Banks will be required to report all yuan-denominated cash transactions exceeding 50,000 yuan (around 7,100 US dollars) to the People's Bank of China (PBOC), down from the current level of 200,000 yuan, said a document released by the central bank on Friday.Interesting to note that before the new rules were in place, Chinese had a higher reporting threshold than American banks, which report even domestic transactions above $10,000.
Cross-border transfers more than 200,000 yuan by individuals will also be subject to the report process.
In terms of foreign currencies, the report threshold remains at the equivalent of 10,000 US dollars for both cash transactions and overseas transfers.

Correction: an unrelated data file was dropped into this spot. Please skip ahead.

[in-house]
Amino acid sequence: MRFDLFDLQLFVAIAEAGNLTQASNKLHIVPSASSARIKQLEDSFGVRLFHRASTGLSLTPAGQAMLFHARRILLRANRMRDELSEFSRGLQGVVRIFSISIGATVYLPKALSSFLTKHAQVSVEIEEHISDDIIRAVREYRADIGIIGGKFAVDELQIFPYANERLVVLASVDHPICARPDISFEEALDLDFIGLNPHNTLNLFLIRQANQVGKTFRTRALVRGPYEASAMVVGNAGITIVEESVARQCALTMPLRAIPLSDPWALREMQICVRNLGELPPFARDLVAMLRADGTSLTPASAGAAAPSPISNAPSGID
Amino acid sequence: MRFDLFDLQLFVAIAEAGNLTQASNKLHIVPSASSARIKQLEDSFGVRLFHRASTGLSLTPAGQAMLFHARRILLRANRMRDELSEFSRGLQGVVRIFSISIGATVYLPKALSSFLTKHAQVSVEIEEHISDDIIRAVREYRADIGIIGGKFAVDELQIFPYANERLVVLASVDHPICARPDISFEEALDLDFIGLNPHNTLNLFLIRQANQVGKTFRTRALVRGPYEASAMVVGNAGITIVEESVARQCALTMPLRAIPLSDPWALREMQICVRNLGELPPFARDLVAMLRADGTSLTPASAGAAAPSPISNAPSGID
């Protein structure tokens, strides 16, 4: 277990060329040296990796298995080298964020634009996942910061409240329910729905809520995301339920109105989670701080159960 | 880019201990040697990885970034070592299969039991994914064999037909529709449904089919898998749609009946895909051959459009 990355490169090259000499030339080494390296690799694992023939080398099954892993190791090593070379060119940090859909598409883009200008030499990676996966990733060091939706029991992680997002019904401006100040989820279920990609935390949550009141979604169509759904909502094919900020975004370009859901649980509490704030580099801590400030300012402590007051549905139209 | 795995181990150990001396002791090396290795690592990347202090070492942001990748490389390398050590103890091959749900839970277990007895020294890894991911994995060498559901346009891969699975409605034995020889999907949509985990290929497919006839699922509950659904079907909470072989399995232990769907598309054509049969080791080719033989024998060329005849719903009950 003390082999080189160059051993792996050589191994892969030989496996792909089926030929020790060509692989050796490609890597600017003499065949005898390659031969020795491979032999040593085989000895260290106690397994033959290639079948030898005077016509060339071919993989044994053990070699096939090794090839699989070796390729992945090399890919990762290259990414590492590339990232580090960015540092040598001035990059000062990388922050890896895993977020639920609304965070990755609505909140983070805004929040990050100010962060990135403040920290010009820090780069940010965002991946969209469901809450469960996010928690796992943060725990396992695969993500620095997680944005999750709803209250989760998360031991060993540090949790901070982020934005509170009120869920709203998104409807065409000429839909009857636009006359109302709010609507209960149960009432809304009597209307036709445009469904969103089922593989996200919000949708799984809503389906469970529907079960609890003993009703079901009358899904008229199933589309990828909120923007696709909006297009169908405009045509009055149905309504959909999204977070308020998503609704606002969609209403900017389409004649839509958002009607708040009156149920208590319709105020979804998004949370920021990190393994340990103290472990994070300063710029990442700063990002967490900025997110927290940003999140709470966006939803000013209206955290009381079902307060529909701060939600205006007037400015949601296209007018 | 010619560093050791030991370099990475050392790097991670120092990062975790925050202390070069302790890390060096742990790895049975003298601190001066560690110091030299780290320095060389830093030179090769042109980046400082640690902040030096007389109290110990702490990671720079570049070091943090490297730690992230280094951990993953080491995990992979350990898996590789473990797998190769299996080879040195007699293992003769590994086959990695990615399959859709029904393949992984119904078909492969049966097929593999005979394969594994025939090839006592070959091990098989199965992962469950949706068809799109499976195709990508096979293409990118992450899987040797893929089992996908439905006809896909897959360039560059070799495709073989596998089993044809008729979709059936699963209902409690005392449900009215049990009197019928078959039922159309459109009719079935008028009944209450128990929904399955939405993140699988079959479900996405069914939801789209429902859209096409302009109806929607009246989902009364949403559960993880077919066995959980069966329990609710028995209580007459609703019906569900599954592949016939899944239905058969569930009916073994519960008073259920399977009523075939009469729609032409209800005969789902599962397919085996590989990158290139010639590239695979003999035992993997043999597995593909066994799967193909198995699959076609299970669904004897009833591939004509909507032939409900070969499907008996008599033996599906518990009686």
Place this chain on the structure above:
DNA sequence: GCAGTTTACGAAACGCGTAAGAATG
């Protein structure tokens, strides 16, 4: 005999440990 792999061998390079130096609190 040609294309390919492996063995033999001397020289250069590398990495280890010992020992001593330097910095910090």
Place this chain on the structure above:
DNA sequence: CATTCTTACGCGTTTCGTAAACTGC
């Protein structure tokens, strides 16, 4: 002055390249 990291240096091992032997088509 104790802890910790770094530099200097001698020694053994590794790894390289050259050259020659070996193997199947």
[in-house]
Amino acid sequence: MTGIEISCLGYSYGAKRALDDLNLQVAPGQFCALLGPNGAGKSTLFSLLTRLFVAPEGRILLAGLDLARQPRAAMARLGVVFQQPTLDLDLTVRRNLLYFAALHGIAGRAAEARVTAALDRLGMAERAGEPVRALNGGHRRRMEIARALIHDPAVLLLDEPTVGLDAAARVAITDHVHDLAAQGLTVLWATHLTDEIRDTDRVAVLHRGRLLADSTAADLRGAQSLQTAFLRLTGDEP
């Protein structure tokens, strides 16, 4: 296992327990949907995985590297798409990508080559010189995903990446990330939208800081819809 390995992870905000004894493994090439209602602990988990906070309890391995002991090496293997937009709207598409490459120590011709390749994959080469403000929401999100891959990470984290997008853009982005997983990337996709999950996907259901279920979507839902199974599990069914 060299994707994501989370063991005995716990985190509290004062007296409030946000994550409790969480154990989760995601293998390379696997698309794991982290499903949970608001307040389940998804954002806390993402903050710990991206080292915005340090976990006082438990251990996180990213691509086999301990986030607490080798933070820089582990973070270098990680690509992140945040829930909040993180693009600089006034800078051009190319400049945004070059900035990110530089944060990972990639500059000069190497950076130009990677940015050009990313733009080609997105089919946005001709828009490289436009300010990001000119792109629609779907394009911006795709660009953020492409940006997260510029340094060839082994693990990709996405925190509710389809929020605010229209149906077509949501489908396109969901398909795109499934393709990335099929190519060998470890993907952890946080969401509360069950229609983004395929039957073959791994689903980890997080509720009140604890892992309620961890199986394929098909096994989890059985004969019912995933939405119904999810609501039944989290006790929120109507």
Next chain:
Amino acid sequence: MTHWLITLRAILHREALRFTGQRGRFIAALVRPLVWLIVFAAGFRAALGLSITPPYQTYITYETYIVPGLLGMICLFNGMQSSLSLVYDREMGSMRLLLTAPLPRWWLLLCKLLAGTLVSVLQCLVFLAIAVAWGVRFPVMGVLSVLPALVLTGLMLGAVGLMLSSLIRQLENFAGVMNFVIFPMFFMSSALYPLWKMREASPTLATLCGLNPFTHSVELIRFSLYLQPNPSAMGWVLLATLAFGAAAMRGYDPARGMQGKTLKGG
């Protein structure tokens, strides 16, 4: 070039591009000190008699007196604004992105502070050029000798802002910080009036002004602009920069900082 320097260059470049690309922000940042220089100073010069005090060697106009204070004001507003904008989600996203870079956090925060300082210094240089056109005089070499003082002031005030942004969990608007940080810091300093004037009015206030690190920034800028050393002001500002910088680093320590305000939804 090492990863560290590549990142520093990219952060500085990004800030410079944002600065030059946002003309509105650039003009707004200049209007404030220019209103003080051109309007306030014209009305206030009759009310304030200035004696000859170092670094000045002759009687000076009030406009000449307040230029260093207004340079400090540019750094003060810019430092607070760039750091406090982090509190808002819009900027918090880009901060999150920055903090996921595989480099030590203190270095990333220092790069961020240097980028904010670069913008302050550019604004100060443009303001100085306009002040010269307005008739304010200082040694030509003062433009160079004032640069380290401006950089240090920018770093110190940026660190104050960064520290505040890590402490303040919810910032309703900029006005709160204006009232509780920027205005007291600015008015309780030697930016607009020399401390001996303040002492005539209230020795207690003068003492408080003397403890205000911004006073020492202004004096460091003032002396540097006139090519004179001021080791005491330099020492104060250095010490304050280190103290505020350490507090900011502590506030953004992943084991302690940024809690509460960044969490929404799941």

Alternative currencies now have a persistent premium.
Bitcoin in China: $1021
Bitcoin in world: $993
A 2.8 percent premium. Similar to the 2.6 percent premium on gold at the Shanghai Gold Exchange.
SCMP: China’s newly-tightened forex rules unlikely to stem overseas property binge, say analysts
New rules that prohibit mainland Chinese residents from converting yuan into foreign currencies for overseas property purchases are unlikely to derail the rising interest in purchasing overseas homes -- nor have a meaningful impact on foreign home transactions, according to experts.
While the curbs may deter some buyers, market watchers say investors will continue to find ways around the controls amid rising demand for offshore real estate.